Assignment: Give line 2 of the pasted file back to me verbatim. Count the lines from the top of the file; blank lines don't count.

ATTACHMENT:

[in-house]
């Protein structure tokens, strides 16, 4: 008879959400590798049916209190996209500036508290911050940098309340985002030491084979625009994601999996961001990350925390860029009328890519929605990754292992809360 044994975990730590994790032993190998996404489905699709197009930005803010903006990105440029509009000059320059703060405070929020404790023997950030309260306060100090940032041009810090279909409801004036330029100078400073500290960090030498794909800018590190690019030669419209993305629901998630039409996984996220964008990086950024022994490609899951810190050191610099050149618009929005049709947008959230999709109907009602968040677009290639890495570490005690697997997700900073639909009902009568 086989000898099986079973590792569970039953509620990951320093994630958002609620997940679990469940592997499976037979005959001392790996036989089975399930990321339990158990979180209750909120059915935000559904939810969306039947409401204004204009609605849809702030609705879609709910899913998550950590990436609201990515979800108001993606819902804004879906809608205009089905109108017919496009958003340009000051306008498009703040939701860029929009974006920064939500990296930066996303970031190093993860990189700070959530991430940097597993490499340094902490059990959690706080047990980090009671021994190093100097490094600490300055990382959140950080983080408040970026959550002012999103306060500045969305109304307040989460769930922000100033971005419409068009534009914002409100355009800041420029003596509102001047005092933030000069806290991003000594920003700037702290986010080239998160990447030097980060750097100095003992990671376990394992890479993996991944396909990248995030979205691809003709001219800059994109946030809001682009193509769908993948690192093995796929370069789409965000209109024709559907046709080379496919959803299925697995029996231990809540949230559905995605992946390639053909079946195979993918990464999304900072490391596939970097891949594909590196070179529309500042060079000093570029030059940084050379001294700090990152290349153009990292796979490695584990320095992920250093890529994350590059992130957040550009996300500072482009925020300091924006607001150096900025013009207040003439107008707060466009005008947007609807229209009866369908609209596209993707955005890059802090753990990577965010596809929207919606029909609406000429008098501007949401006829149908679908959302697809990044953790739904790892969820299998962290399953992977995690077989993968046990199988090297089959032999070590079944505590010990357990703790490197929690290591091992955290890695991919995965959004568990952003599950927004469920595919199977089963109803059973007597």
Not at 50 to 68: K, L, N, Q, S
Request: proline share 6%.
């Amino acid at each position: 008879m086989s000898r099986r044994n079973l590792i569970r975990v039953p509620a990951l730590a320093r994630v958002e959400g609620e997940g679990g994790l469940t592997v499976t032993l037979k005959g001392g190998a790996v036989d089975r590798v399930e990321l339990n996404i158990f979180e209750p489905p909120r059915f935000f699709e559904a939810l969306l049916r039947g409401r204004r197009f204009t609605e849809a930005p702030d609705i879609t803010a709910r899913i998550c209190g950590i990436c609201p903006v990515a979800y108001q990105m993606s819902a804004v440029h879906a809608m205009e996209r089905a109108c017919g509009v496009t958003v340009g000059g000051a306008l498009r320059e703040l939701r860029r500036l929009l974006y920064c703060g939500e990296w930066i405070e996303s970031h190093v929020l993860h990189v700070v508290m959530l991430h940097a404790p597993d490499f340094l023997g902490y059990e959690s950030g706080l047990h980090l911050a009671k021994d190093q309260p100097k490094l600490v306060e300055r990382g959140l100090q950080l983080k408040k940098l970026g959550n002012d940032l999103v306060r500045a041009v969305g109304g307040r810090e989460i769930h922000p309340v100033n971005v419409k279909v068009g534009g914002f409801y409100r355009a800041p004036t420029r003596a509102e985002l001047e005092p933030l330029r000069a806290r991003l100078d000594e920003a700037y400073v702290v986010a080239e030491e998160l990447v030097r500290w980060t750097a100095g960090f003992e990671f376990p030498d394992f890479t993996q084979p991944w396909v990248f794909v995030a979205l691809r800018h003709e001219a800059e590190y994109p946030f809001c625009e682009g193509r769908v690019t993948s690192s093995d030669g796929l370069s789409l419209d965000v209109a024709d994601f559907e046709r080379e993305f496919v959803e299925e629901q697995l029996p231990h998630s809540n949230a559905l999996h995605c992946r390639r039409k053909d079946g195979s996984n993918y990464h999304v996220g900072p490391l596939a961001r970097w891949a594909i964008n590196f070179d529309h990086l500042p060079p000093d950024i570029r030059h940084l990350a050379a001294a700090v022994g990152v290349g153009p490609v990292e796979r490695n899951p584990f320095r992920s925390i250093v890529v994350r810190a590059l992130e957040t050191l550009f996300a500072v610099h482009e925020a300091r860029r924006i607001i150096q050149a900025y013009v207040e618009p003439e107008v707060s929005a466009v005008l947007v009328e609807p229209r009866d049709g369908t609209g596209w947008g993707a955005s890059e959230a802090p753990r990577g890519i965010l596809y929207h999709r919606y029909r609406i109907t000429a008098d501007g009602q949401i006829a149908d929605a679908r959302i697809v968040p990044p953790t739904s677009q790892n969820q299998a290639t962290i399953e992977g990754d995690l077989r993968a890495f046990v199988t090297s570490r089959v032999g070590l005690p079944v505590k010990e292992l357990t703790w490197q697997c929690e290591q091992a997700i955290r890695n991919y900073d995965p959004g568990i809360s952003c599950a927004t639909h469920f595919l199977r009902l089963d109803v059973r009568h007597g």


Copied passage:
């Protein structure tokens, strides 16, 4: 008879959400590798049916209190996209500036508290911050940098309340985002030491084979625009994601999996961001990350925390860029009328890519929605990754292992809360 044994975990730590994790032993190998996404489905699709197009930005803010903006990105440029509009000059320059703060405070929020404790023997950030309260306060100090940032041009810090279909409801004036330029100078400073500290960090030498794909800018590190690019030669419209993305629901998630039409996984996220964008990086950024022994490609899951810190050191610099050149618009929005049709947008959230999709109907009602968040677009290639890495570490005690697997997700900073639909009902009568 086989000898099986079973590792569970039953509620990951320093994630958002609620997940679990469940592997499976037979005959001392790996036989089975399930990321339990158990979180209750909120059915935000559904939810969306039947409401204004204009609605849809702030609705879609709910899913998550950590990436609201990515979800108001993606819902804004879906809608205009089905109108017919496009958003340009000051306008498009703040939701860029929009974006920064939500990296930066996303970031190093993860990189700070959530991430940097597993490499340094902490059990959690706080047990980090009671021994190093100097490094600490300055990382959140950080983080408040970026959550002012999103306060500045969305109304307040989460769930922000100033971005419409068009534009914002409100355009800041420029003596509102001047005092933030000069806290991003000594920003700037702290986010080239998160990447030097980060750097100095003992990671376990394992890479993996991944396909990248995030979205691809003709001219800059994109946030809001682009193509769908993948690192093995796929370069789409965000209109024709559907046709080379496919959803299925697995029996231990809540949230559905995605992946390639053909079946195979993918990464999304900072490391596939970097891949594909590196070179529309500042060079000093570029030059940084050379001294700090990152290349153009990292796979490695584990320095992920250093890529994350590059992130957040550009996300500072482009925020300091924006607001150096900025013009207040003439107008707060466009005008947007609807229209009866369908609209596209993707955005890059802090753990990577965010596809929207919606029909609406000429008098501007949401006829149908679908959302697809990044953790739904790892969820299998962290399953992977995690077989993968046990199988090297089959032999070590079944505590010990357990703790490197929690290591091992955290890695991919995965959004568990952003599950927004469920595919199977089963109803059973007597």